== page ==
The Sinclair Harding Navigation Clock

 

Longitude  

Today when we look at a globe of our planet, we may notice the artificial lines that trace its surface, the lines of latitude running parallel to the equator and the lines of longitude that arc between the poles. For those of us that travel by armchair or commercial airlines, these lines will have no meaning and limited value. They neither inspire us nor enhance our journey in any way.

For the pilots of our planes and the computer navigation systems, these lines are the key to getting from A to B, from London to New York, from Sydney to Nairobi.

For the great explorers of the last millennium, who effectively left their countries behind to literally travel to uncharted waters, these directional lines were crucial to either finding a new land or losing track of one’s place on the planet. In some cases, navigational error cost numerous lives as ships ran aground, sources of food and water were missed, cargoes were lost and opportunities to claim new territories were wasted.

A catastrophic event occurred when two thousand men lost their lives as four British warships sank upon the rocks of the Scilly Isles in fog one night in 1707. Their failure to accurately chart their longitude and therefore know their precise location was the cause of their demise.

Loss of life was one thing - economic loss was another. The loss of ships, merchants, cargo and treasures unsettled empires to such an extent, the British Parliament in 1714 established the Longitude Act and a healthy prize to prompt a solution. Other countries and regions such as Spain, France, the Netherlands and Tuscany also offered prizes. Calculating Longitude was considered to be a key competitive advantage in owning the seas and the treasures it could provide. The Longitude problem had existed for centuries and now the race was hotting up to find a solution.

Calculating latitude was a relatively easy task. This could be accomplished through measuring the length of the day, the height of the sun or in reference to known stars seen in the night sky. Columbus’ famous voyage to America was simply plotted as ‘sailing the parallel’ directly west.

The measurement of longitude meridians was a different matter and was totally reliant on the measurement of time. The key to knowing your longitude was to know the exact time in known places of known longitude. The time difference was then calculated into a geographical location. Errors in the measurement of time were multiplied into errors in the measure of your location.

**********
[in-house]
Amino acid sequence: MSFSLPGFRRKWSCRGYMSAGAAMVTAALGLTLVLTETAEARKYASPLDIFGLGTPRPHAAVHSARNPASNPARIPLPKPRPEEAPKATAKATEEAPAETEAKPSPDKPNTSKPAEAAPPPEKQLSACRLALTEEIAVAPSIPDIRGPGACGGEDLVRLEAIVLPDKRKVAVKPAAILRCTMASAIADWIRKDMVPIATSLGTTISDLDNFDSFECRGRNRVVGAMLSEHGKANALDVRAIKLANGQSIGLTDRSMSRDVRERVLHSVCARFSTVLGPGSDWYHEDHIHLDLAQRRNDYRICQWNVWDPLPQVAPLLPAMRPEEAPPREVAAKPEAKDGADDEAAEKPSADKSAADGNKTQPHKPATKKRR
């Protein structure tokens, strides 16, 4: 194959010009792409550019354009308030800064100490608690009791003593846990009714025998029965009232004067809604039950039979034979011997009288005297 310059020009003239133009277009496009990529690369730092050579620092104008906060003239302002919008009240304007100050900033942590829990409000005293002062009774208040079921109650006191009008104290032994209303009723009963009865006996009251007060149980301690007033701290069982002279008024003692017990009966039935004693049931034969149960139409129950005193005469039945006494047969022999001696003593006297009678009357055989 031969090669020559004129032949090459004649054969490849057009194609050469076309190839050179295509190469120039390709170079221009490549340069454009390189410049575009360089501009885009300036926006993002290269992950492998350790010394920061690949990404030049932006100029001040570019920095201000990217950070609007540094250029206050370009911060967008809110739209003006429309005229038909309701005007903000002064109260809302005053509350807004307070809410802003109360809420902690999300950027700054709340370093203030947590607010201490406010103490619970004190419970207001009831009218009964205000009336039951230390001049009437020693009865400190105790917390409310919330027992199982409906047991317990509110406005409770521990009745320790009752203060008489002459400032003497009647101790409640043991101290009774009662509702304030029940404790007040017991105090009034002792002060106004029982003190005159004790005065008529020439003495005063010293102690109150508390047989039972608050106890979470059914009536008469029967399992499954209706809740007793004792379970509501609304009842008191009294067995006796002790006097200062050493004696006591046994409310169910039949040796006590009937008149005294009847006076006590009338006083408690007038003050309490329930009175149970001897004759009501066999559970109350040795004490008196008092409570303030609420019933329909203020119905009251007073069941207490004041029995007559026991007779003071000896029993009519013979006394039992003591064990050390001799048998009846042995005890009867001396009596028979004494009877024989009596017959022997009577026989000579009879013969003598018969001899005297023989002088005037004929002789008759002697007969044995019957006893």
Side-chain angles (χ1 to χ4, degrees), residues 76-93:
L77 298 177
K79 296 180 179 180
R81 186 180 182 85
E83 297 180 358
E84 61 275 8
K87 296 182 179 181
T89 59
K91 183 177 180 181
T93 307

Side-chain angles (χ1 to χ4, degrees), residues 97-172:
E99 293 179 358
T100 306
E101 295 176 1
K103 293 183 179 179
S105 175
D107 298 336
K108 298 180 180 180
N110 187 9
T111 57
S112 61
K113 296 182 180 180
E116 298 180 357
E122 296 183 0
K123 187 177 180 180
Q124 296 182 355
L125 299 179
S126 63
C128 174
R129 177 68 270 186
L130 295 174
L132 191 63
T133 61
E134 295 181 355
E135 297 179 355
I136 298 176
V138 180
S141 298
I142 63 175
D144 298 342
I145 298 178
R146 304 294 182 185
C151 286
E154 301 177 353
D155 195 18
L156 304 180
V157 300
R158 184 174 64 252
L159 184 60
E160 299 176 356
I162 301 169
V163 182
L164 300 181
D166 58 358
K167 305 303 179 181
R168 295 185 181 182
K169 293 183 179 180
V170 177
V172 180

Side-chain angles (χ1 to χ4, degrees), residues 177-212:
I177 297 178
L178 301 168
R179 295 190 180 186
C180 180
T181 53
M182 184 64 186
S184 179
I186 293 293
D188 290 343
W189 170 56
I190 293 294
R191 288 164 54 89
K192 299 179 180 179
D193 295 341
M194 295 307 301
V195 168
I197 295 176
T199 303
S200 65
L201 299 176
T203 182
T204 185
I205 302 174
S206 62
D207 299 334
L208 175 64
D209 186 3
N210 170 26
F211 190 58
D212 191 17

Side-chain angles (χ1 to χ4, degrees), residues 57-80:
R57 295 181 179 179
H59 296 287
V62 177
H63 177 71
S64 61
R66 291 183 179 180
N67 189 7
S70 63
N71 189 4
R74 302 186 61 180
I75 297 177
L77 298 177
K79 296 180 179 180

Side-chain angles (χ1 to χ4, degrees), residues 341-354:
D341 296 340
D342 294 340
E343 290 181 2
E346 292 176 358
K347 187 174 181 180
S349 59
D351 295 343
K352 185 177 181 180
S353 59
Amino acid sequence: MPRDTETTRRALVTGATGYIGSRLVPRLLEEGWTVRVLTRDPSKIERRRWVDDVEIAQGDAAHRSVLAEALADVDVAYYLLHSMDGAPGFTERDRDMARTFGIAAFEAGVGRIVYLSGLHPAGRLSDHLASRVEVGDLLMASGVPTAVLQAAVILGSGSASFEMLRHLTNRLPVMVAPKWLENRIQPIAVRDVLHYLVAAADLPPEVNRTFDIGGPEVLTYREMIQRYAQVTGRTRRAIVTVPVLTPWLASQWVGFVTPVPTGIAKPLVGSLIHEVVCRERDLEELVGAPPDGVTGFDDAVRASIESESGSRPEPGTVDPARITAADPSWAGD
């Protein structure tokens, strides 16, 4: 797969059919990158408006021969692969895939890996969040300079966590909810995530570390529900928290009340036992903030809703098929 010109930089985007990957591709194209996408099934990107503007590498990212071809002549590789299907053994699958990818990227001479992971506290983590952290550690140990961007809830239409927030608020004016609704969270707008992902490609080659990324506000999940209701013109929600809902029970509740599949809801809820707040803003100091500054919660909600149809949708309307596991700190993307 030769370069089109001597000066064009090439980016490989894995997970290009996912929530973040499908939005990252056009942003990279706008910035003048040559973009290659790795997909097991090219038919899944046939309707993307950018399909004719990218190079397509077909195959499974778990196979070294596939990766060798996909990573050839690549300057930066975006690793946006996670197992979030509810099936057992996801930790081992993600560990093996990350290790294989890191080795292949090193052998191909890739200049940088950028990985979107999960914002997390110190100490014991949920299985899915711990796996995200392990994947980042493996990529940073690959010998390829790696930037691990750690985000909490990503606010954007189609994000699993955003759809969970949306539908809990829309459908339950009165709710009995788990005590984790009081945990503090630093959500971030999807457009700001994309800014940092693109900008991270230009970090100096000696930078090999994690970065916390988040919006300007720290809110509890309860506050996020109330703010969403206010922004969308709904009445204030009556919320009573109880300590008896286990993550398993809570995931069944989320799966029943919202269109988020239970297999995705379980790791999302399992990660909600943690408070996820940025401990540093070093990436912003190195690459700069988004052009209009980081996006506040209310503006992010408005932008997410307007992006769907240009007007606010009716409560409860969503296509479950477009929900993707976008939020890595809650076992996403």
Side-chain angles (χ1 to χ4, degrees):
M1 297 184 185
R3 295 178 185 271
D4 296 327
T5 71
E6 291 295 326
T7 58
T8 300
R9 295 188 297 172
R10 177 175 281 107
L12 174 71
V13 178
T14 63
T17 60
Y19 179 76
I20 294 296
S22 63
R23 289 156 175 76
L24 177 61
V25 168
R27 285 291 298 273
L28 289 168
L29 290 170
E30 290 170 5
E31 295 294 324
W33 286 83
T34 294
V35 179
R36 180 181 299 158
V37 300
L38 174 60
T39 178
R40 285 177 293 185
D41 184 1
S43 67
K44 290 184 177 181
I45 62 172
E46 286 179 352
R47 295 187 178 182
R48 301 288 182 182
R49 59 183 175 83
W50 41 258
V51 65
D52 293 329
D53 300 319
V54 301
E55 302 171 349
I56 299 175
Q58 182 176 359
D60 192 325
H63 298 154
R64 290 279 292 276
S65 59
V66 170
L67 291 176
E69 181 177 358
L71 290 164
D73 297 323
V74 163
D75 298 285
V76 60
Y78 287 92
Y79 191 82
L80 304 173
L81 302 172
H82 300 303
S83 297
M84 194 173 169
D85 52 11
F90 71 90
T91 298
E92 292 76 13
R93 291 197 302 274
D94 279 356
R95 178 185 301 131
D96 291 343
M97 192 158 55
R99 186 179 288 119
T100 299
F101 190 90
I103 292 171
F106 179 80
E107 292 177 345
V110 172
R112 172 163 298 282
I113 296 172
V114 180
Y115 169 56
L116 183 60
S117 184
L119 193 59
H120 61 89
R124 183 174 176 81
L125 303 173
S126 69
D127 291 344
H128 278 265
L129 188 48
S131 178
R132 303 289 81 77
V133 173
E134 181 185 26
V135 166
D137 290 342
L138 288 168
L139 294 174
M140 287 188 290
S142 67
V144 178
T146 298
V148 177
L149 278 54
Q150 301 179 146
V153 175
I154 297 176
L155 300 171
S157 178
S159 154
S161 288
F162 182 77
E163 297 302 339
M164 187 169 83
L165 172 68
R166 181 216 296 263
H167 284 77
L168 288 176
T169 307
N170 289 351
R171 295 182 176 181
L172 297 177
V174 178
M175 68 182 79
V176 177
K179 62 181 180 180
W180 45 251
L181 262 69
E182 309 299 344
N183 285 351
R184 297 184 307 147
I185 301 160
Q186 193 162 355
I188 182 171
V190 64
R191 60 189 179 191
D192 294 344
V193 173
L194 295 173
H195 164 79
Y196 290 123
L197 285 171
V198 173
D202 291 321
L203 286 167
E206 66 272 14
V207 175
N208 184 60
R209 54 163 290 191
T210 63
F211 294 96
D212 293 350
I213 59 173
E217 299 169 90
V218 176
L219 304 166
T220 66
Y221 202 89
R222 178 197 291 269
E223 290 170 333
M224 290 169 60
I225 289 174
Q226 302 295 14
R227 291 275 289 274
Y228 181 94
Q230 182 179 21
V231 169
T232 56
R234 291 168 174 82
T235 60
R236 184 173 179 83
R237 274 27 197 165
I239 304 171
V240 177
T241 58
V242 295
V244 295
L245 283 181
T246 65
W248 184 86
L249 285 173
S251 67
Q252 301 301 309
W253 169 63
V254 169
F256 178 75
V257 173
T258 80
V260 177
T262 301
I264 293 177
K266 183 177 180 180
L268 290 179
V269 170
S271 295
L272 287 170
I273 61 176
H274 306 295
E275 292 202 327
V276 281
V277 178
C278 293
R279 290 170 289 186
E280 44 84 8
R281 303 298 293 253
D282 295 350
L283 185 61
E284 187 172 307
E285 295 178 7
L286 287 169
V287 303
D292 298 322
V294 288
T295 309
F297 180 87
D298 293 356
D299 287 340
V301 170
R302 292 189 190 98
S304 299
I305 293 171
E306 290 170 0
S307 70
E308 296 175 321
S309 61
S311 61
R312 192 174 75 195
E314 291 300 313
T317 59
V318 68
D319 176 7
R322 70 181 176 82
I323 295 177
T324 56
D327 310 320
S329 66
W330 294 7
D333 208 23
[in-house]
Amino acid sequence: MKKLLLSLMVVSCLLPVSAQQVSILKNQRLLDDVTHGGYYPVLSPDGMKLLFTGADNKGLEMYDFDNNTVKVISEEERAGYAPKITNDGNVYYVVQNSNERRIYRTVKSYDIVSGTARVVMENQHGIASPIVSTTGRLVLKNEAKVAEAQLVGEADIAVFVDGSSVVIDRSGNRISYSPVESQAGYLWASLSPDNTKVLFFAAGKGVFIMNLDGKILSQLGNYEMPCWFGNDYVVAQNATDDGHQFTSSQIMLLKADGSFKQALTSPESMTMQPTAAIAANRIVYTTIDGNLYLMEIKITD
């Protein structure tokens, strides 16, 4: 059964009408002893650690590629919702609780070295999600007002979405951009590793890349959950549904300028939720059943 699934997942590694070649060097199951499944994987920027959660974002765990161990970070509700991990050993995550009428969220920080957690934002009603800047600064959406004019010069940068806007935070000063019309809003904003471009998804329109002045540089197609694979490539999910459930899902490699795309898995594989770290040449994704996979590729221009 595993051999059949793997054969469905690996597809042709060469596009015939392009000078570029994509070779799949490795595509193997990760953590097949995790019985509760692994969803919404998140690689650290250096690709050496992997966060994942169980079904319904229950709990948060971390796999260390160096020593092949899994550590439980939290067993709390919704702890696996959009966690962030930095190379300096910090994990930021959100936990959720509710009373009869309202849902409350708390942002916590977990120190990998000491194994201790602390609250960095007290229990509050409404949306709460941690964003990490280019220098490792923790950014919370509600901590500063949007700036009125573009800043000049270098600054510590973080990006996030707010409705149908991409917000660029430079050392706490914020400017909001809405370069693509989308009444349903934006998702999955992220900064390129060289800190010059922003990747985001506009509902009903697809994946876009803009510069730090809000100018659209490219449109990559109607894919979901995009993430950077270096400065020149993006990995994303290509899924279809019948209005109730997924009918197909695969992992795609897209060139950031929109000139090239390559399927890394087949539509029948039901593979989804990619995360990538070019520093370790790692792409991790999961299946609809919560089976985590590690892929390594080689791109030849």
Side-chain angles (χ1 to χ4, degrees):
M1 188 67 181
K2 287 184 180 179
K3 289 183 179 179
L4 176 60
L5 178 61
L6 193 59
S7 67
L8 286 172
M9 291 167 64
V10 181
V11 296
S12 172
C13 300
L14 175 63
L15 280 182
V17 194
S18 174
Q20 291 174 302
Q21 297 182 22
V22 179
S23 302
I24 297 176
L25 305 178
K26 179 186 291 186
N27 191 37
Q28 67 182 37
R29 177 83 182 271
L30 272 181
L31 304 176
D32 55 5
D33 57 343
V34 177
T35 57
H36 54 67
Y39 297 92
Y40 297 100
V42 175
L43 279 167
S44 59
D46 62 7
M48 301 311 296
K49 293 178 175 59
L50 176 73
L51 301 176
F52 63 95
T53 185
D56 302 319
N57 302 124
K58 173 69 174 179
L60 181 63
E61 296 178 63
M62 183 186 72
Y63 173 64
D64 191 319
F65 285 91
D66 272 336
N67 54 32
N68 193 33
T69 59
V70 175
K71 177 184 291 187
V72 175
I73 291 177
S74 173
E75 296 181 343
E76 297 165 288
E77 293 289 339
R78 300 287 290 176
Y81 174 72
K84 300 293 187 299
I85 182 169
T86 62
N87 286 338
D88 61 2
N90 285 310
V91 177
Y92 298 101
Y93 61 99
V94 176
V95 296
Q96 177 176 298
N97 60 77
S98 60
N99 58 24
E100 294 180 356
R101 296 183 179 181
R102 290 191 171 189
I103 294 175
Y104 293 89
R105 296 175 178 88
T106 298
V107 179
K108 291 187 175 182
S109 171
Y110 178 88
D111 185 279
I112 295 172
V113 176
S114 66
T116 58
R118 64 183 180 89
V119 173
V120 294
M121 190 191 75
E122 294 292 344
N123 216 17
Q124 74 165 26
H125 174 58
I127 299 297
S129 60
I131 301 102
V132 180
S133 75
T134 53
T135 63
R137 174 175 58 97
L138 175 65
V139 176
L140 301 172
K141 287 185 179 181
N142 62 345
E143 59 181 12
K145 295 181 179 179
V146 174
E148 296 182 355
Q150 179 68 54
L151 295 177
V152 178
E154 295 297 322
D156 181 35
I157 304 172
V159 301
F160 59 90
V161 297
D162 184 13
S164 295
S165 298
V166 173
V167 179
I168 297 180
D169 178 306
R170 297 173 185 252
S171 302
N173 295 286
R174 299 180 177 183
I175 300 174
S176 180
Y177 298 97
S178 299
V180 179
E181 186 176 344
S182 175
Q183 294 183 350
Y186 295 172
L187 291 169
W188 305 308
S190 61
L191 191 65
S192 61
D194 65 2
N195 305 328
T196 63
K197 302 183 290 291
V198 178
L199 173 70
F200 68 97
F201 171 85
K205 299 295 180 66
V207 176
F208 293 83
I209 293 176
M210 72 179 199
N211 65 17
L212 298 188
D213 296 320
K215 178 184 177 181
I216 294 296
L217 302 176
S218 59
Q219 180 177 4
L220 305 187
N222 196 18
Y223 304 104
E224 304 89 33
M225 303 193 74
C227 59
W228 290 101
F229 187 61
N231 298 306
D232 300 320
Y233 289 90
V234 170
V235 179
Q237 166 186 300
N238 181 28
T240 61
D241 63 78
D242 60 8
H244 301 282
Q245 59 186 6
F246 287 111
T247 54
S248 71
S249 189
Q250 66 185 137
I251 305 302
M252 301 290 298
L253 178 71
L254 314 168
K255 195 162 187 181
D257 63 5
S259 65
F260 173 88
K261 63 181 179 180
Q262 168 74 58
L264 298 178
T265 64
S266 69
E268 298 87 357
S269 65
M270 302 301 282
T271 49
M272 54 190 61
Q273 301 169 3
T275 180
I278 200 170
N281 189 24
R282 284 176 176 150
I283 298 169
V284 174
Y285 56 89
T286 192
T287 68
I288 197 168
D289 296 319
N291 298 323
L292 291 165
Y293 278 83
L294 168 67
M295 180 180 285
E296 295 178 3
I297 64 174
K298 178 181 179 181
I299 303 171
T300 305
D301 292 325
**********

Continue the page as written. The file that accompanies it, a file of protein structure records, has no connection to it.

At the time, clocks were not suited to the task because they simply weren’t accurate enough or stable enough to counter the swaying decks on a ship in the ocean. More importantly, clocks had not been designed to counter variations in temperature that affected the components and the accuracy of the timepiece.

Today, we have the luxury of being able to buy a wristwatch for less than $10 that loses less than a second each month. In contrast, in the mid 1500’s, the best available timepieces were only accurate to within 15 minutes per day. This would be considered completely unacceptable today and it was hardly suitable either for a long ocean voyage that required days of extrapolation of minutes and seconds to determine the longitudinal location.

Furthermore, the design of these clocks was based upon the pendulum which was made them even less suited to the rolling deck of a sailing ship.

To put it in context, solving the ‘Longitude’ problem had been such a concern for such a significant period of time that it was considered to be a holy grail, akin to developing a perpetual motion machine. For many, a solution was considered impossible. This was the great technological question of the time, comparable in today’s terms to finding a cure for cancer.